The OpenAPI Specification (formerly named Swagger) is an API description format for REST APIs. An API specification written using the the rules set by the Open API Initiative can be used to describe:

  • All the available endpoints. An endpoint is a unique resource that can access or modify a given object.
  • Input parameters, such as headers, query parameters and/or body parameters.
  • The structure of the response, including headers status codes and the body - if any.
  • Authentication methods
  • Contact information, license, terms of use and other information

This post look into how to write an API specification and how to use it together with Mojolicious::Plugin::OpenAPI and OpenAPI::Client.

Why would you use OpenAPI

This question comes up quite often after telling people about OpenAPI: "but...why?" The people asking this often come from the same background as myself, where you both write the producer (backend web server) and consumer (JavaScript, ...) of the data. When you're in complete control of both sides you don't really need to write any formal specification or document your API, since you already know how it works. This can be very true - at least if you make sure you have tests of all your endpoints.

Personally I'm a huge fan of documenting as well as testing. I often say that if you can't document (describe) the API/method/whatever, something is wrong and you should reconsider what you're coding. Documenting an API on the other hand is awful in my opinion, especially during rapid prototyping/developing where it's hard to keep the code and documentation up to date.

So how does OpenAPI fix this? Since the input/ouput Perl code is generated from the OpenAPI Specification, you know that the backend is always running code accordingly to the specification. Also, since the documentation you generate is not hand written, but generated from the same OpenAPI document you can with certainty know that the code the server is running, is in sync with the documentation.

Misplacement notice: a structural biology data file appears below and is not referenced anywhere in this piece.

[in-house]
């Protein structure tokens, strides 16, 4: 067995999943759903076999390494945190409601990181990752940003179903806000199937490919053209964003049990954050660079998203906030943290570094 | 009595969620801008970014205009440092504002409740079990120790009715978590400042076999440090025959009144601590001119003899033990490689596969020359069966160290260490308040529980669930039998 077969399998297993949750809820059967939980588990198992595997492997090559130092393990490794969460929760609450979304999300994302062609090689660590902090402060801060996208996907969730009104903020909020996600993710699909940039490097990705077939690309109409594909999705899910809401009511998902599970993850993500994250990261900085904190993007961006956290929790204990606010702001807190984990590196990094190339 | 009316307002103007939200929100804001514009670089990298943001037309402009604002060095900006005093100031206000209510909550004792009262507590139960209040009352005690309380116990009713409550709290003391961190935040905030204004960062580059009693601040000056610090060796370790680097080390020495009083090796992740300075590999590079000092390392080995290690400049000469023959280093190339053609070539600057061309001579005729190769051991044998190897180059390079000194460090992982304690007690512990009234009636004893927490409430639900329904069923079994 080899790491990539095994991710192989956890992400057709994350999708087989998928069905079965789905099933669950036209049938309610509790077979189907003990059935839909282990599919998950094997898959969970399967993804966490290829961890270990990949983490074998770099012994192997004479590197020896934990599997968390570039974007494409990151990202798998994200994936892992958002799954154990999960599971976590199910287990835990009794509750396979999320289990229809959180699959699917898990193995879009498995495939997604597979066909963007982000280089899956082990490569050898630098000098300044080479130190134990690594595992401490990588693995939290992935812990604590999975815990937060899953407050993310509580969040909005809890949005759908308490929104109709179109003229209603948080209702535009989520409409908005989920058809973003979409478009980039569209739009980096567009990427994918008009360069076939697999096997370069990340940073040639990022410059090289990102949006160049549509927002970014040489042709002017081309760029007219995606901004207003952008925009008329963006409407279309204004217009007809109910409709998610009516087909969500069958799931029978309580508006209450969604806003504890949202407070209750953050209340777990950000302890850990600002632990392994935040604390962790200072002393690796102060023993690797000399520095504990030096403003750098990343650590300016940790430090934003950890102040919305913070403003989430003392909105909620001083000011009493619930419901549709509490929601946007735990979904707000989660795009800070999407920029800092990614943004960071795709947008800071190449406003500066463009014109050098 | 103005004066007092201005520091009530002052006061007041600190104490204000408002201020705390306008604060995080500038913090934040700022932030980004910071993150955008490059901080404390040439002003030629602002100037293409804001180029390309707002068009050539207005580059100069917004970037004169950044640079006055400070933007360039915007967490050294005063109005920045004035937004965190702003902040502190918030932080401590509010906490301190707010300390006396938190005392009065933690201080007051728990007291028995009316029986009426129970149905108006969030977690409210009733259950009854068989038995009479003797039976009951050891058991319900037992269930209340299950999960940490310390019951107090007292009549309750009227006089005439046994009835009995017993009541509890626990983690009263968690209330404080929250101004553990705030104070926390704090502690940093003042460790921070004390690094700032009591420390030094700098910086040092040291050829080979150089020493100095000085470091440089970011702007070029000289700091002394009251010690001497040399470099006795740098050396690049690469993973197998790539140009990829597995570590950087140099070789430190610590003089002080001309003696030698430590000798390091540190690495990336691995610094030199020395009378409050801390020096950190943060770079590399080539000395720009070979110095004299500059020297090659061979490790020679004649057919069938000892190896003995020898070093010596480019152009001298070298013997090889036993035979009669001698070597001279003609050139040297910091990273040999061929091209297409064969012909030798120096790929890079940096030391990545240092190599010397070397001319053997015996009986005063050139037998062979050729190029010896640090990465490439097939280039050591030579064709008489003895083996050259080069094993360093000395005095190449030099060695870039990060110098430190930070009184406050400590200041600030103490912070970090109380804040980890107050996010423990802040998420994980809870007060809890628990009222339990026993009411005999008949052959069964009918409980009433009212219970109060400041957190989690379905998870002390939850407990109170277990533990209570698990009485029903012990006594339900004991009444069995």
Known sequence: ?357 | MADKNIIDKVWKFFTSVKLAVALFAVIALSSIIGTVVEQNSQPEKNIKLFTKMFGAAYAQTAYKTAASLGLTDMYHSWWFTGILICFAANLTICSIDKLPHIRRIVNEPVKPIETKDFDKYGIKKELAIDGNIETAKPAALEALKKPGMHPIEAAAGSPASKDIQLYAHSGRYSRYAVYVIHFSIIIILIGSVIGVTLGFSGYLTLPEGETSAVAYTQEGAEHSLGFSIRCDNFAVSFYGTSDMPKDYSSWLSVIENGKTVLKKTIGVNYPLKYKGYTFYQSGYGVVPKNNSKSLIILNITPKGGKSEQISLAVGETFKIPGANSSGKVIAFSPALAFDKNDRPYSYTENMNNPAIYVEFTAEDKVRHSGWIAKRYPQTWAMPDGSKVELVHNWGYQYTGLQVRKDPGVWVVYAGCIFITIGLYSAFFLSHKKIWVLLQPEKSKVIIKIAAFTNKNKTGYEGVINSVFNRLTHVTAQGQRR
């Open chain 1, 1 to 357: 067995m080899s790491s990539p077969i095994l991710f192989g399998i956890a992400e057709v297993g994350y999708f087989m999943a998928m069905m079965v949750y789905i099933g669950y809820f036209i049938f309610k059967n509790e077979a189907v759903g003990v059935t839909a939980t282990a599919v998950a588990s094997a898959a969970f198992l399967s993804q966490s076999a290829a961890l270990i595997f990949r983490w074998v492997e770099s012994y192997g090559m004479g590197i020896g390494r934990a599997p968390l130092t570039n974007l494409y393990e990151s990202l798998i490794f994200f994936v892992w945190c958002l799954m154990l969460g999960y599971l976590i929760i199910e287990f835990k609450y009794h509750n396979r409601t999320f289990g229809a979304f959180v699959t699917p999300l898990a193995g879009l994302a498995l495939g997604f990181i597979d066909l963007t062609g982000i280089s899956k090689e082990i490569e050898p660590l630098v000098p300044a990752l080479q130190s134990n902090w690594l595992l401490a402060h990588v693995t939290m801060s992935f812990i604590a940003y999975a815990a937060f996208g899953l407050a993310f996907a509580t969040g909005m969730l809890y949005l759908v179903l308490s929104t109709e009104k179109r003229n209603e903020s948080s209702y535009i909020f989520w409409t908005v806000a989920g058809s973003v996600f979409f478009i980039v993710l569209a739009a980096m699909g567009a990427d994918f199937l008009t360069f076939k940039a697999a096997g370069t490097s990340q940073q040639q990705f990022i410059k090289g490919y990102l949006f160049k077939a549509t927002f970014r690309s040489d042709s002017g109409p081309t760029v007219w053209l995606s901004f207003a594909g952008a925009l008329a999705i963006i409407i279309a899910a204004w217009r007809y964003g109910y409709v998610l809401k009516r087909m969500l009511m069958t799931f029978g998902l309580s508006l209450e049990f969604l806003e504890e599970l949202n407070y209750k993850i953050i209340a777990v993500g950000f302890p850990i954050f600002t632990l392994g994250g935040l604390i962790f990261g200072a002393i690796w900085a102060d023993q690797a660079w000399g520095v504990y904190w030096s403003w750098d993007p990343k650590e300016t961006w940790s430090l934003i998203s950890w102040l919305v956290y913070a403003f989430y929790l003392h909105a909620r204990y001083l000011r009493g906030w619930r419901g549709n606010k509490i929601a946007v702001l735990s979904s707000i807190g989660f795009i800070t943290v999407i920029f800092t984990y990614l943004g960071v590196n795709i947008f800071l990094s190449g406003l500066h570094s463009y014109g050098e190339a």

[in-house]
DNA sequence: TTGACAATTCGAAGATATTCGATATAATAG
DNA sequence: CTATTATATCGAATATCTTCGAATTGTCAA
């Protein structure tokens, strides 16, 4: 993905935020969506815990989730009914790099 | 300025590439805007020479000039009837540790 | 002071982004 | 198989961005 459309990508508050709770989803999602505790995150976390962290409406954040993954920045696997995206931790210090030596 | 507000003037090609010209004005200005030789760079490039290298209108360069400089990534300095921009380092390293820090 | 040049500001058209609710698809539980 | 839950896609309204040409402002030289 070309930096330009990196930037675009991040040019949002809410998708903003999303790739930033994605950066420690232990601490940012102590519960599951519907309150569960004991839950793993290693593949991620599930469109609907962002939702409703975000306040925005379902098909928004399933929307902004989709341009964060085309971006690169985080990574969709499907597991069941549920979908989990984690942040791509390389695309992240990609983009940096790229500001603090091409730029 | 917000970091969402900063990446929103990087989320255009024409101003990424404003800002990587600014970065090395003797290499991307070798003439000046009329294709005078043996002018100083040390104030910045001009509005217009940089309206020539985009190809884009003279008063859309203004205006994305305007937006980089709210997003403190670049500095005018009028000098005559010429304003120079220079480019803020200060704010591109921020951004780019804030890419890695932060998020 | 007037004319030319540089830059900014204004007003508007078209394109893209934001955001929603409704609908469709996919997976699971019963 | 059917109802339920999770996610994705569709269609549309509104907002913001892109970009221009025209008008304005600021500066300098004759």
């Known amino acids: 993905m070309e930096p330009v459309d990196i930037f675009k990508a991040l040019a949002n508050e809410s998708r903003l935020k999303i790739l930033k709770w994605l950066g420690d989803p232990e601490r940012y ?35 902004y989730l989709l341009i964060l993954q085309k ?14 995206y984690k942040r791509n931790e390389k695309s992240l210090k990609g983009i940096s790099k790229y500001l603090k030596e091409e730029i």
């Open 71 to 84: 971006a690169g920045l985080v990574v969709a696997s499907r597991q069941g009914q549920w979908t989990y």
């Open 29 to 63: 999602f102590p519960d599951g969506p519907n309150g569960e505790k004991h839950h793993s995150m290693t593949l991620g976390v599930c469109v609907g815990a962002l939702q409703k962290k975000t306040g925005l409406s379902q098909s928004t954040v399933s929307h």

By "generated code" I don't just mean the routes/endpoints, but also input and output validation. This means that when any data has made it through to your controller action, you know that the data is valid. On the other side, the consumer (let's say a JavaScript that cares about the difference between an integer and string) will know that it has received the correct data, since invalid output will result in a 500 - Internal Server Error.

So... If you don't care about documentation or collaboration with others, then I'm not sure if I would care much about OpenAPI either.

Note that the OpenAPI spec is not just for the server, but can also be used to generate JavaScript and Perl client side code.


To run any of the example code below, you need to install the following modules:

$ cpanm Mojolicious::Plugin::OpenAPI # server side plugin
$ cpanm OpenAPI::Client              # client to talk with the server
$ cpanm YAML::XS                     # to read YAML formatted specifications

How to write the specification

Some people like to generate the specification from code, but I truly believe that writing the specification by hand and the generate code is the right way to do it. The reasoning behind this is "seperation of concern": Having the specification in a common format (JSON or YAML) allow other non-perl developer to contribute and read the document.

The API need to follow the rules set by the OpenAPI specification. In this post we will use the 2.0 version, but version 3.0 will be available soon, so you might consider looking at that as well.

Here is an example API, written in YAML:

swagger: '2.0'
  version: '0.42'
  title: Dummy example
schemes: [ http ]
basePath: "/api"
      x-mojo-to: "echo#index"
      operationId: echo
      - in: body
        name: body
          type: object
          description: Echo response
            type: object

There's a bunch of things to dive into, but here is a quick overview:

  • swagger is just to specify the version of the spec
  • info is to give some meta-information about the API
  • schemes is a list of valid HTTP schemes that can be used to access the API